I volunteered to make ham and scalloped potato casserole to bring to a Father’s Day BBQ last weekend. Actually, my husband had volunteered to bake a ham, but by the time he informed me of this the hostess had already bought ribs for the event AND my husband had already defrosted the ham we stuck in the freezer last month when it went on sale.
We had about 12 people to feed. Armed with all those factoids, I decided a scalloped potato casserole would work, and then I could add some of the leftover ham that we ended up baking the day before Father’s Day instead.
I found a great recipe for this on one of my favorite foodie cook’s site, The Pioneer Woman. Gosh, I don’t even know how many gajilion recipes I’ve made of hers. She makes it look sooo easy and her food photography is great! She calls it Scalloped Potatoes, but with all the cheese it’s really Au Gratin too, so I added that to the title.
However, last time I made a dish with a ton of sliced potatoes (mind you we are feeding a crowd), it took me over 45 minutes to slice the potatoes, and even then, they were haphazardly sliced, at best. I’m terrible at slicing thin potatoes.
I decided to risk life and limb and invest in a food slicer (also known as a mandoline, and no, not the instrument kind.) They now come with hand guards and decided I could make the plunge and invest in one. And heck, it was less than 10 bucks! What was I waiting for???? Those horror stories of old of trips to the emergency room to re-attach a fingertip are long gone with this device.
My new love:
Story: I got the slicer all assembled and cut a potato in half (to have a flat surface to start with). I put it on the gadget and quickly ran it twice up and down to slice. Nothing. Nada. I was like… “Uggh, this thing doesn’t even work! And then I lifted it up, and two beautiful slices were laying underneath it on the cutting board. Really? I thought I would feel some resistance, something, anything! Nooop! That blade is so sharp it was like cutting through soft butter. I had 3 pounds of potatoes sliced perfect-thin in under 10-minutes! WOW! Happy me. 🙂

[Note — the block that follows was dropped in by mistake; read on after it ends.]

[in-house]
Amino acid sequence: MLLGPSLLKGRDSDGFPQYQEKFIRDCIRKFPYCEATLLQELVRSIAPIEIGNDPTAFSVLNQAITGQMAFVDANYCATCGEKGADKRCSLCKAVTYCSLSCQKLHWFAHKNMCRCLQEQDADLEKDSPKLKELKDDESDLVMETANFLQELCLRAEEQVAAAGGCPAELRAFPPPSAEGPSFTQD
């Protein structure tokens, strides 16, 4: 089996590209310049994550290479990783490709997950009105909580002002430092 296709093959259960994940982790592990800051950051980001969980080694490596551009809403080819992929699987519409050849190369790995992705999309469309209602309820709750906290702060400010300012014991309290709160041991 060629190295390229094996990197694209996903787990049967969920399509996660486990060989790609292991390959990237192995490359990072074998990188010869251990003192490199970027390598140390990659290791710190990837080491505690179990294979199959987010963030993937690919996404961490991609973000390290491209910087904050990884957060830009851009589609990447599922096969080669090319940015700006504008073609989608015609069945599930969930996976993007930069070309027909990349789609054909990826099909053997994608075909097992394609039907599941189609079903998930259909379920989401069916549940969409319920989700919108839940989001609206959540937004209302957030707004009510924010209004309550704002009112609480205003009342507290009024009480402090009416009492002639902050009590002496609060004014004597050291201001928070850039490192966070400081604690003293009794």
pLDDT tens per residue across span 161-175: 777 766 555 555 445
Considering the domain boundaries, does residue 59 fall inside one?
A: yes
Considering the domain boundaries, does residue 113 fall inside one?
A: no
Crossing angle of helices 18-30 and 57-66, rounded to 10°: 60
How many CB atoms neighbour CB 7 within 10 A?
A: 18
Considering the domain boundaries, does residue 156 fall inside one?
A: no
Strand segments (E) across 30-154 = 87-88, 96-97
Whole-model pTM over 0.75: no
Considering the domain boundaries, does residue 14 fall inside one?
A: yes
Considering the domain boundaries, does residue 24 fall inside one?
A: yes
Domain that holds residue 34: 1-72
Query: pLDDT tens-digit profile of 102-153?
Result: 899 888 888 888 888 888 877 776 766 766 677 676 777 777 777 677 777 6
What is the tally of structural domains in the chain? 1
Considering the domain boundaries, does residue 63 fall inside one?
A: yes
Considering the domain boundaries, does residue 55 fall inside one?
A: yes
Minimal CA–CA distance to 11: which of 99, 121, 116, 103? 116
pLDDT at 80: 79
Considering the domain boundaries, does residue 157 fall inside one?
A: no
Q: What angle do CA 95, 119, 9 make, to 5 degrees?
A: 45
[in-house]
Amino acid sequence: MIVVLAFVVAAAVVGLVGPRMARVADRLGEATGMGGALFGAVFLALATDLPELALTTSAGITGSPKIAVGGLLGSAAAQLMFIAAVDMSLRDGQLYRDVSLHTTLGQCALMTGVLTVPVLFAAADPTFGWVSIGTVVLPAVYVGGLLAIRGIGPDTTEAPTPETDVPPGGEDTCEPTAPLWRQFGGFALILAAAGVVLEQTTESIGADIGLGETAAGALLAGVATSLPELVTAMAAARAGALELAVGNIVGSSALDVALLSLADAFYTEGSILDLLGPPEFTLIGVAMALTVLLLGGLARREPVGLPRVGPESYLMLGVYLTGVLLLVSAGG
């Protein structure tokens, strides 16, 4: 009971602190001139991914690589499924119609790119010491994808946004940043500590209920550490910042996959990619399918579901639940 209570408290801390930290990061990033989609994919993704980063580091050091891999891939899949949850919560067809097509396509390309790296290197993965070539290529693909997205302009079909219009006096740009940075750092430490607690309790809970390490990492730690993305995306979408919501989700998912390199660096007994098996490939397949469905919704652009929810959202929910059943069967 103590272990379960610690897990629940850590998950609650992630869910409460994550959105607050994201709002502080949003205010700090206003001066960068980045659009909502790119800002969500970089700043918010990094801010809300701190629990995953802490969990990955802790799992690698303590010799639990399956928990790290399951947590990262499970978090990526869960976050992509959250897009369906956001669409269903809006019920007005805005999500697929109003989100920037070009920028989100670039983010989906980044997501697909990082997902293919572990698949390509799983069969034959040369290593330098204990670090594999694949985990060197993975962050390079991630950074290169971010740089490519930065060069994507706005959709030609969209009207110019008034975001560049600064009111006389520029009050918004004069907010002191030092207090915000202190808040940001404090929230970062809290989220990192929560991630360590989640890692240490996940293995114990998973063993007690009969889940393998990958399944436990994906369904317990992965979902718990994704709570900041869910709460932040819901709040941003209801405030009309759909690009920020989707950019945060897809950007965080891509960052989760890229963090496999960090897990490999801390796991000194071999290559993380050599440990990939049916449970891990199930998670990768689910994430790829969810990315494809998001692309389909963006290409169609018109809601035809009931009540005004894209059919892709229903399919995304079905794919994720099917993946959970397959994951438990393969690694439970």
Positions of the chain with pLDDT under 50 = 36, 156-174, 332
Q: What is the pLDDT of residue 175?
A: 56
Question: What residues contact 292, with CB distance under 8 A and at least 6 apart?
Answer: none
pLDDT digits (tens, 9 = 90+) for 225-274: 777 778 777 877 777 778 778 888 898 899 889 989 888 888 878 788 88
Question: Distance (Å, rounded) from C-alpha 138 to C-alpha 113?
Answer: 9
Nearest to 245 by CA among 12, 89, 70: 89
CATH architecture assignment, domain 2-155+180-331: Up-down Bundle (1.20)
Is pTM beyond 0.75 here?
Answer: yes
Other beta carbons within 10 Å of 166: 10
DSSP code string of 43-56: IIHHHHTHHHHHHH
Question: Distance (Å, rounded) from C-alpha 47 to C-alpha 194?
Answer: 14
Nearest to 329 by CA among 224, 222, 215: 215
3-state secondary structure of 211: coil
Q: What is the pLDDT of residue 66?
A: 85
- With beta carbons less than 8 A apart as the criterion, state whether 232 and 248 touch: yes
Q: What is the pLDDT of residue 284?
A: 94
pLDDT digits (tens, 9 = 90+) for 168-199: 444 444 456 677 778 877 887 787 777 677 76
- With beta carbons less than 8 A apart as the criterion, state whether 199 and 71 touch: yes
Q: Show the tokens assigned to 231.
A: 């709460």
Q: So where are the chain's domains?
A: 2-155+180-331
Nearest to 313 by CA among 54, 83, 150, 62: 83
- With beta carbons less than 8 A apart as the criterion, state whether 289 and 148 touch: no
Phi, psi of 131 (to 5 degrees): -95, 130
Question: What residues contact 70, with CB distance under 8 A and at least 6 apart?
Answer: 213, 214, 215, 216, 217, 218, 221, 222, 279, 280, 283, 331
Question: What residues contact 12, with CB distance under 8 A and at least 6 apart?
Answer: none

The below recipe is how I made it as I didn’t have all the ingredients, but you can find the original recipe link below. And just use whatever cheese you have on hand. I used all my cheddar for another recipe earlier in the week, so ended up used store-bought grated Colby-Jack combined with some fresh-grated Gruyere cheese. Either way it came out great! I didn’t have much to bring home from the BBQ. Now on to the recipe.
Ham and Scalloped Au Gratin Potato Casserole)
Adapted from Ree Drumond, The Pioneer Woman, Scalloped Potatoes and Ham
3 pounds Russet potatoes, washed and scrubbed
2 tablespoons butter
1/2 large sweet onion, diced
3 cups ham, diced
1/2 cup half-and-half (that is all I had, you can use more and reduce the milk for creamier potatoes)
2 cups milk
1/4 cup flour
Black pepper, to taste
1 cup grated Colby Jack cheese (mixture of Colby and Monterey Jack)
1 cup grated Gruyere cheese
Preheat oven to 350 degrees then butter a large casserole dish. (Mine was 9 x 13 inches.) Heat butter in a large skillet over medium heat, add the onions and cook for several minutes until they start to turn translucent. Add the ham and cook for another few minutes until heated through. Remove from heat and set aside.
Combine the half-and-half and milk in a microwave-safe container and cook in the microwave for about a minute, until no longer cold. Whisk in flour and black pepper until combined. Set aside.
Using a vegetable slicer (or a knife if you don’t own one), slice potatoes into 1/8-inch slices. Layer 1/3 of the potato slices in the buttered casserole dish. Sprinkle 1/3 of the ham/onion mixture over that, then 1/3 of the cheese.
Here is where I went astray. I forgot to pour 1/3 of the milk mixture over it until the end, but if you want you can pour on 1/3 of the milk mixture now. It didn’t seem to make a difference.
Repeat this twice more, ending with a sprinkling of cheese and pouring on the rest of the milk mixture (or in my case, all at once). Then grind a bunch more of black pepper over it. Cover the pan with foil and bake for an hour.
Remove the foil and bake for an additional 30 minutes at least, or until bubbly and hot and the potatoes are tender. Check with a fork periodically for doneness.
p.s. (You can make this ahead of time and cook later. I cooked mine to the one hour mark, then brought it to the BBQ. About a half hour before ready to eat, I uncovered it, popped it in a preheated oven and baked until ready, about a half hour more.)